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Real - and perceived - barriers to private finance. Organizations launch Guide for Adaptation and Resilience Finance.

Today is Thursday, April 18, 2024.

The Guide for Adaptation and Resilience Finance is a recently published set of recommendations for expanding private sector finance towards climate adaptation and resilience.

After COP28 urged the need, emphasising emerging markets, the document is the result of a partnership among UN, through its Office for Disaster Risk Reduction (UNDRR), KPMG, Standard Chartered Bank (UK) and other major financial institutions, multilateral development banks and NGOs.

According to the press release, “today, less than 10% of all climate finance is allocated to adaptation. The global adaptation financing gap is widening, and current levels of funding remain well below the estimated USD 212 billion per year needed through to 2030 in developing countries alone”.

And from the publication itself, “primarily, the Guide was designed for Financial Institutions (by this we mean commercial banks, development finance institutions, and investors). However, it has a broad applicability for other financial institutions and investors engaging their clients in financing and investment opportunities related to natural hazard adaptation and resilience, including private lending and investment arrangements and public market capital raising”.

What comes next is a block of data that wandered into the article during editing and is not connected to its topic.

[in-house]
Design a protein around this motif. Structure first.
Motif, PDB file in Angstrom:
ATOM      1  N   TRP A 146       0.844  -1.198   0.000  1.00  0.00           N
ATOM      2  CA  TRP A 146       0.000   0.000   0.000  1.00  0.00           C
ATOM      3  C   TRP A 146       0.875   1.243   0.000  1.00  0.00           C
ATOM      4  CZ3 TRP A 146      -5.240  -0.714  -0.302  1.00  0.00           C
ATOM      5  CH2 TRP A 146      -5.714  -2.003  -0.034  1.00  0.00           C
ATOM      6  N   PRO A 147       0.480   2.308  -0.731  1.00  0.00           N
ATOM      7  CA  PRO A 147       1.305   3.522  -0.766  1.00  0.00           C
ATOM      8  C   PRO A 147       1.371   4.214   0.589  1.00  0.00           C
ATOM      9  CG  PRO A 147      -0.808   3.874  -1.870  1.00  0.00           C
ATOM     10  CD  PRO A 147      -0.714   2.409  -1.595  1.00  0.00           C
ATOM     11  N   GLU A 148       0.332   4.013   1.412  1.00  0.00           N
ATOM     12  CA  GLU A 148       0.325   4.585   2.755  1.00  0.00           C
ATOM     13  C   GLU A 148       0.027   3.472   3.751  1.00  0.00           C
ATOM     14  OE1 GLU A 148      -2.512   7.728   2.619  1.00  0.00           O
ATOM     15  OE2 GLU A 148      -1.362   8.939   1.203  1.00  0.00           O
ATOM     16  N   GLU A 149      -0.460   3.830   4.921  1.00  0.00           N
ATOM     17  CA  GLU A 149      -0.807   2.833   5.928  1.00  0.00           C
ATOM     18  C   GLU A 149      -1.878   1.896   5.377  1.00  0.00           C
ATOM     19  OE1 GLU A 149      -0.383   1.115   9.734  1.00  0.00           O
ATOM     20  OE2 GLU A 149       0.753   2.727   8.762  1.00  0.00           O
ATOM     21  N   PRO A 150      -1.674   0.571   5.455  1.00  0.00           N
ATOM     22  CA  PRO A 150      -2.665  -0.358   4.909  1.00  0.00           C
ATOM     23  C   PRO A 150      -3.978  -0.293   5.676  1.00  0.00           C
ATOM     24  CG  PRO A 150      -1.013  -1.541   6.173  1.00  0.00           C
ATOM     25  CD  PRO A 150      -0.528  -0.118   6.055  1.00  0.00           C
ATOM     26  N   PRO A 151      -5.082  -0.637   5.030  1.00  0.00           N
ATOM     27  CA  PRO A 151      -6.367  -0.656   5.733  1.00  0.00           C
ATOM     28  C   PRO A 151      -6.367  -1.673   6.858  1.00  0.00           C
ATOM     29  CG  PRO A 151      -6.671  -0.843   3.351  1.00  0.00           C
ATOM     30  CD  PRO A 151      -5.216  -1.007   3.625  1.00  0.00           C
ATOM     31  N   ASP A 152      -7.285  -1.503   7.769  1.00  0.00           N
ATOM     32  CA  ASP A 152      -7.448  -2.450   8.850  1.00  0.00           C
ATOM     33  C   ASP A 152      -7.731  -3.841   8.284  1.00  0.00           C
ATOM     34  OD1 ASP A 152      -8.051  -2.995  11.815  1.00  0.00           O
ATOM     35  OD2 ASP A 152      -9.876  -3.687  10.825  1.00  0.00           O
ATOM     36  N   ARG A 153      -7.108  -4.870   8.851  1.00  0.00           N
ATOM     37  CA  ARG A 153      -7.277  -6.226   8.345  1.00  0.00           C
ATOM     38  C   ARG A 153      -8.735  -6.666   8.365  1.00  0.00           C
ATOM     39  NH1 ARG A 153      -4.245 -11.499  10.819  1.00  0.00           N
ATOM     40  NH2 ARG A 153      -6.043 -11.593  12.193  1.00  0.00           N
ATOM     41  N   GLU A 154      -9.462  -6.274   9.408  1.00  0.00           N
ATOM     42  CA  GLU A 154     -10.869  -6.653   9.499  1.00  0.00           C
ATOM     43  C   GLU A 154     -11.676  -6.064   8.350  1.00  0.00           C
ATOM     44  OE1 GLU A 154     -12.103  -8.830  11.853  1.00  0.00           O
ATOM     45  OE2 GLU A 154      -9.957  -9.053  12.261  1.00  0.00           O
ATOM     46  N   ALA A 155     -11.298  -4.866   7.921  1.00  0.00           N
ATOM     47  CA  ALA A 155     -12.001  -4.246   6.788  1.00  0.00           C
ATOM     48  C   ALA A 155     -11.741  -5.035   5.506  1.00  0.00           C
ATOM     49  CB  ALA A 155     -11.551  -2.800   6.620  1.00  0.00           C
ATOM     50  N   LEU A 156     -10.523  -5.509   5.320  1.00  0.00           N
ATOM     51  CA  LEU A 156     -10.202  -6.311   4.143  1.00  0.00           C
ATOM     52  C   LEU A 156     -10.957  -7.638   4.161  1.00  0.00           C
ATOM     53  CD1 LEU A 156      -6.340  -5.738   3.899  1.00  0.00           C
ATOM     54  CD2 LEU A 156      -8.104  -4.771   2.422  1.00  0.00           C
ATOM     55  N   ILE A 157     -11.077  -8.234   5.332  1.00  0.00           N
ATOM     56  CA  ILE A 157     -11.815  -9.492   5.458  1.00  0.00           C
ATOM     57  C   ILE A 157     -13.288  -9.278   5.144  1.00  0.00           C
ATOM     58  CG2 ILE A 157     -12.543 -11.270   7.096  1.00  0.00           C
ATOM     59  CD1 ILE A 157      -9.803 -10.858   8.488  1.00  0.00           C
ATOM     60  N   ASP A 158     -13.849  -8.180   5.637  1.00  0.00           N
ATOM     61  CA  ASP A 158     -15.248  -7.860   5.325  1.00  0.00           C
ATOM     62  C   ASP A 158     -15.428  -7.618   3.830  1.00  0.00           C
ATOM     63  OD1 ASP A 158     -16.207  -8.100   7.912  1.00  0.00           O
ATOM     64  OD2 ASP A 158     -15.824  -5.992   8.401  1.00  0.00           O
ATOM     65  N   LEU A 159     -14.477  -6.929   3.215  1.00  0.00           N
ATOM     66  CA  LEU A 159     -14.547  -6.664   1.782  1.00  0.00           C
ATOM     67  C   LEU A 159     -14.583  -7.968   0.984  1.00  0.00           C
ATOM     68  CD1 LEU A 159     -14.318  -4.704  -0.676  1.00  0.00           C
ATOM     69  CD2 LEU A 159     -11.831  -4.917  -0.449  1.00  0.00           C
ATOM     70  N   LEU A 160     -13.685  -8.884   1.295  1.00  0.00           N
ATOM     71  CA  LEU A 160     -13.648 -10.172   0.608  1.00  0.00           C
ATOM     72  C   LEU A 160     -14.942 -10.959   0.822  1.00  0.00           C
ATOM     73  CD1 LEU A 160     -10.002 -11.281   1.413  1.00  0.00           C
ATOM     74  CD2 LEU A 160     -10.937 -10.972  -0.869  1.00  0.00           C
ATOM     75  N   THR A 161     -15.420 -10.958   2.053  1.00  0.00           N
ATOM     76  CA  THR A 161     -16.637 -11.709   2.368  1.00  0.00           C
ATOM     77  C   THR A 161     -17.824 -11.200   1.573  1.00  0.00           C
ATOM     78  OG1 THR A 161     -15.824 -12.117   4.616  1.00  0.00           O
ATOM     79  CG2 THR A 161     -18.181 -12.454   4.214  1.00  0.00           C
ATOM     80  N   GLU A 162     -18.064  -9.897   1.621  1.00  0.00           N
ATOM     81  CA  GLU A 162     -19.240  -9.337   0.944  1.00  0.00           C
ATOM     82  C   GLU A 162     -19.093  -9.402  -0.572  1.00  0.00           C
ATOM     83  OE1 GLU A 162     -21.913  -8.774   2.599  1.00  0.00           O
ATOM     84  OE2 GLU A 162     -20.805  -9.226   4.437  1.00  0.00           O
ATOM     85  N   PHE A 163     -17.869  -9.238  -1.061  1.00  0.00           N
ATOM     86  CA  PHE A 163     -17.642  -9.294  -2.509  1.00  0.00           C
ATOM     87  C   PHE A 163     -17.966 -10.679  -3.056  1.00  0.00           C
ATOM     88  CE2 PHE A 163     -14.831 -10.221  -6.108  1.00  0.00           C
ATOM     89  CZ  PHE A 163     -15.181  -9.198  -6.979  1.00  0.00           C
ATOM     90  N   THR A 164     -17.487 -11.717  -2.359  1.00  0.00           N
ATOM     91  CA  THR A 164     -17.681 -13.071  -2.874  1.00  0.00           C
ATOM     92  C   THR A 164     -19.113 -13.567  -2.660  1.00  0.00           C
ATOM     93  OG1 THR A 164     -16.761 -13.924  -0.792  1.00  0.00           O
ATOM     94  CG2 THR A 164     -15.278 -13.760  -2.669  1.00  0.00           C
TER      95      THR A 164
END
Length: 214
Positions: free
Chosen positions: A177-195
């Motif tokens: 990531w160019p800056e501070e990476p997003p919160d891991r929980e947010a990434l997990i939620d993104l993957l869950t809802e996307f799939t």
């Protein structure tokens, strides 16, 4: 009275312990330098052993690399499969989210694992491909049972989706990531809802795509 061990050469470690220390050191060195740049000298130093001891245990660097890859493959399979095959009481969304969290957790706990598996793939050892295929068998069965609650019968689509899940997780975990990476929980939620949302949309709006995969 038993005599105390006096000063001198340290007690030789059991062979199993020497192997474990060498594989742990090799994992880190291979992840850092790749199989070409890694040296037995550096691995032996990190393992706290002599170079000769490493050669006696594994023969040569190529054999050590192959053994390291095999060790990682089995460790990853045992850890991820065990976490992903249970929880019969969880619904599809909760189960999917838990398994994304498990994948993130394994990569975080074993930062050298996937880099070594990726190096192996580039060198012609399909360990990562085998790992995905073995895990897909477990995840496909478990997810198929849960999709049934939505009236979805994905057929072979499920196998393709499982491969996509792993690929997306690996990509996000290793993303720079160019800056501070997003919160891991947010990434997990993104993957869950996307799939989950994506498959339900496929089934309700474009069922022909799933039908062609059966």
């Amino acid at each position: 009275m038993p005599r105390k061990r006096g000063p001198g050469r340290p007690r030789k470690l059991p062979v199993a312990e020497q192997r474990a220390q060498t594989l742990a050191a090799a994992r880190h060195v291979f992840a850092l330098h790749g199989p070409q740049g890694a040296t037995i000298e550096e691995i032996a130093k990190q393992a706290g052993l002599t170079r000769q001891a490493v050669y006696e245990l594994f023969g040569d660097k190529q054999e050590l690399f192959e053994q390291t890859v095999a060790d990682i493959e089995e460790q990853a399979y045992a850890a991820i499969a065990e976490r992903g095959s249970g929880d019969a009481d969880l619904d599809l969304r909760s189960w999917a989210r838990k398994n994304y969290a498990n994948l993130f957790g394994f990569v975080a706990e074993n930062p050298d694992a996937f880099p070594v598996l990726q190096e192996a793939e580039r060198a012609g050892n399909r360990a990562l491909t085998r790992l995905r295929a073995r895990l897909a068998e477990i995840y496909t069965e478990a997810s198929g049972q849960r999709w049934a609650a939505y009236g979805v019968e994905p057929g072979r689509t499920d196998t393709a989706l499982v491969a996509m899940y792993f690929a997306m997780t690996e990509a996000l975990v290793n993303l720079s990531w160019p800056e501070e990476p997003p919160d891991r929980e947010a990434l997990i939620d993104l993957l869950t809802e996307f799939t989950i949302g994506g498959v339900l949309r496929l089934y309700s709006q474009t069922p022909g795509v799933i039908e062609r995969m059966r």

The Guide maps over 100 activities of interest - eligible investments - clustered into seven “resilience” groups: agrifood systems, cities, health, industry and commerce, infrastructure, societies, nature and biodiversity nature-based solutions.

Here a few examples:

  1. climate-resilient crops

  2. vertical farming

  3. parametric insurance schemes for agriculture

  4. relocation, including building of new settlements

  5. desalination plants in areas of water stress due to climate change

  6. health surveillance technologies to identify and pre-empt natural hazard driven disease patterns

  7. emergency onsite backup power

  8. siting cabling and electrical equipment above likely flood levels

  9. mangrove conservation and replanting.

  10. early warning systems

Each eligible investment is assessed taking into account environmental objectives and social outcomes.

Click here for the UNDRR press release and at the image below to download the 39-pages report itself.

Table 3 on page 9 is interesting. It brings real and perceived barriers to private finance for natural hazard adaptation and resilience.

As every region on Earth is facing increased natural hazards, it’s a key roadmap to become available ahead of COP29, be followed and executed.


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“Nothing in life is to be feared, it is only to be understood. Now is the time to understand more, so that we may fear less.”

“I am among those who think that science has great beauty”

Madame Marie Curie (1867 - 1934) Chemist & physicist. French, born Polish.

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